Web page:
Further to previous discussions on the EU challenge to the French Commercial Exemption, and our article of 14 Aug 2011 on the subject, the French Authorities issued Bulletin Officiel des Finances Publiques-Impots (BOFIB) on 12 May 2015.
This bulletin provides some clarity on a commercial vessel used for navigation on the high seas in order to benefit from the VAT exemption associated with such use.
In order to benefit from the French Commercial Exemption, certain conditions must be met:
- The vessel must have a length greater than 15 metres
- The vessel must be commercially registered
- The owning company must employ permanent crew on board
- The vessel must exclusively be used for commercial use under charter contract with market rate charter fees being paid
- 70% of its trips (trajets) must be carried out outside French territorial waters in the previous tax year
This final condition of 70% of trips outside French territorial waters is the clarity on ‘high seas’ that the industry has been waiting for. This does however raise further questions including:
What constitutes a ‘trip?
A trip means all commercial navigation between two ports including national, EU and International waters under charter contract. Sea trials, movement of the yacht to shipyards and static charters cannot be included. The disembarkation/embarkation of charter guests during the charter constitutes a new trip so a charter could include multiple trips. The ships logbook and charter guest lists must be accurately maintained in order to make this calculation.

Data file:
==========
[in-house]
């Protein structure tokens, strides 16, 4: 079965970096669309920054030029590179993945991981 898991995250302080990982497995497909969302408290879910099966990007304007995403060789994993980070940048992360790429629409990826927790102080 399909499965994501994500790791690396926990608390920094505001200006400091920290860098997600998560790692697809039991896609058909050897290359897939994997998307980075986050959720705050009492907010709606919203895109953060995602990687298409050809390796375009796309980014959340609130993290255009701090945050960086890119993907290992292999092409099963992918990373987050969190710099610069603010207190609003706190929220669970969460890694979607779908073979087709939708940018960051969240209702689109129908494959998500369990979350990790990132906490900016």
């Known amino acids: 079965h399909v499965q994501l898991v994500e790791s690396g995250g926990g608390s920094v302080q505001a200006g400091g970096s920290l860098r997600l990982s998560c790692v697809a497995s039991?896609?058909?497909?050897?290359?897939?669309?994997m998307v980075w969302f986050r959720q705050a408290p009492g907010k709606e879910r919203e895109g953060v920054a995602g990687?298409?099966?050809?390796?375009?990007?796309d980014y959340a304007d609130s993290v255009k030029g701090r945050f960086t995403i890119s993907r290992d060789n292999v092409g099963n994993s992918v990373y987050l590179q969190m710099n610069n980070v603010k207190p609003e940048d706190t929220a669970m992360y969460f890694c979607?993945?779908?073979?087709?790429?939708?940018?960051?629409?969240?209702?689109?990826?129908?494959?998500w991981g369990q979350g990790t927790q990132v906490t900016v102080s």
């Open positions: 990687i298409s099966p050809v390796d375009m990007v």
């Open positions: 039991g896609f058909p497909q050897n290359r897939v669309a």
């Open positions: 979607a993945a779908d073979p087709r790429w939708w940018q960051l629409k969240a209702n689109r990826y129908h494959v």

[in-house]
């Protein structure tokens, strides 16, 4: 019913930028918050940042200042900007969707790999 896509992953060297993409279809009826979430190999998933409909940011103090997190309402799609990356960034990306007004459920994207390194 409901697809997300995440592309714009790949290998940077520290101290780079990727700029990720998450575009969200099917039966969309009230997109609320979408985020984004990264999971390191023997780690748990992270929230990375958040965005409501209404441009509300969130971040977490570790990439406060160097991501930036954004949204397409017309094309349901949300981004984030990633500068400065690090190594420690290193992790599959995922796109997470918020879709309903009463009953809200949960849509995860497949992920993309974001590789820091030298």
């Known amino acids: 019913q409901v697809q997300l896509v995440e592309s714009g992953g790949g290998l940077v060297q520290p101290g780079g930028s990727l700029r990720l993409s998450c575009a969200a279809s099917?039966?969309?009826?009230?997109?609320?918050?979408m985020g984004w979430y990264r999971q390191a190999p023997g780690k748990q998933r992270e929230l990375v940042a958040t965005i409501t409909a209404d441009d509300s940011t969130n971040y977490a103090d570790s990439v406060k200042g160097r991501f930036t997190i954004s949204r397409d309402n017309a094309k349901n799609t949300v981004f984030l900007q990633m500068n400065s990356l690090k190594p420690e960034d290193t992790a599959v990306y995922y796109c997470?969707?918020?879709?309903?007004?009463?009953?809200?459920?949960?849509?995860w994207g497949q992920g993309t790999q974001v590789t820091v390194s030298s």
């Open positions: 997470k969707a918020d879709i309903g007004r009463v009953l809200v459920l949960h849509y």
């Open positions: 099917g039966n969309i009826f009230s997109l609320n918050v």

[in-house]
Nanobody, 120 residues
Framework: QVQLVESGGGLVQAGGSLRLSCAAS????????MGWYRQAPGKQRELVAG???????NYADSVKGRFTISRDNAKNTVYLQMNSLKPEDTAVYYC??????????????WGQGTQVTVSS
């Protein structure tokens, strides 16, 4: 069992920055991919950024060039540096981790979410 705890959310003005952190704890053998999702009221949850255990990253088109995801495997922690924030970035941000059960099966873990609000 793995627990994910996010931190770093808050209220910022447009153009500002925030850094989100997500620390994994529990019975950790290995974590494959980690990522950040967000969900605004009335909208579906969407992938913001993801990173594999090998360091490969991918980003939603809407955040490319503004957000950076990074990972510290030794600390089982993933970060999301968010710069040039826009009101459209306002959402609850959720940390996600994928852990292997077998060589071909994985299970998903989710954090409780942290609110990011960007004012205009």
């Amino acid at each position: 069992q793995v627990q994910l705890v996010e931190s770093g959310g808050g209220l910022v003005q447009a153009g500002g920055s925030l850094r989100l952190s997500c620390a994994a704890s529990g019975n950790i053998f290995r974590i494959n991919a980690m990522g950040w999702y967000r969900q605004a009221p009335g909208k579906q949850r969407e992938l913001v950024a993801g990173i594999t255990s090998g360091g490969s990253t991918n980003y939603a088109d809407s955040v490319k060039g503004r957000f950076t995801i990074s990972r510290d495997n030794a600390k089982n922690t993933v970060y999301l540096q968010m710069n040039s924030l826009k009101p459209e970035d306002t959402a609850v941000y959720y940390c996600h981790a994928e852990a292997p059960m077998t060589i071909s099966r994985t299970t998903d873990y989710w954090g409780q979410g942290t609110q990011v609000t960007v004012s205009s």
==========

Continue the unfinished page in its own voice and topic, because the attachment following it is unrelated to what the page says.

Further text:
How is it calculated?
Any trip carried out from Jan 1 to Dec 31 in a given year as per the above definition can be counted towards the 70% target. This target (if reached) entitles the yacht to VAT exemption on goods and supplies acquired in France during the following year.
What happens to a yacht operating commercially in France for its first season?
VAT exemption will apply for the first year although the 70% target must be met. a provisional declaration must be given by the owner confirming that the yacht will continue to meet the requirements of the FCE including the 70% trip rule.
What happens if a yacht does not meet the 70% target?
VAT will be applied to all purchases of goods and supplies as well as all works carried out by French Shipyards. It will however still be possible to reclaim this VAT although agents will apply a cost for doing so. Failure to comply with the FCE under a provisional declaration could give rise to a VAT liability on the yacht value plus possible penalties on the 1st January of the following year.
What about static charters?
Static charters do not count in the trip calculation however during a given calendar year, a yacht must undertake more regular charters than static ones.
What about Importation (In Free Circulation) Status?
For yachts that have been imported into France under the French Commercial Exemption, clarity is currently being sought to determine whether the “In Free Circulation” status of such yachts could be lost if the yacht does not meet the FCE requirements. If this is indeed the case then yachts will need to be re-imported into the EU. Suitable locations would include the country of VAT registration where VAT on the yacht itself has been accounted for.
What about VAT on charters?
The current rules applied on charters put at the disposal of the charterer in France including the 50% reduction for high seas charters will continue irrespective of the yachts ability to meet the 70% rule.
How does a yacht prove to suppliers that it qualifies for exemption?
A statement of compliance should be issued by the yacht owner as a self declaration of conformity. Sarnia has approved templates for both provisional and permanent versions.
Careful management of the commercial operation is required to monitor both the number of actual trips rather than charters and also the levels of third party charter versus owner charter.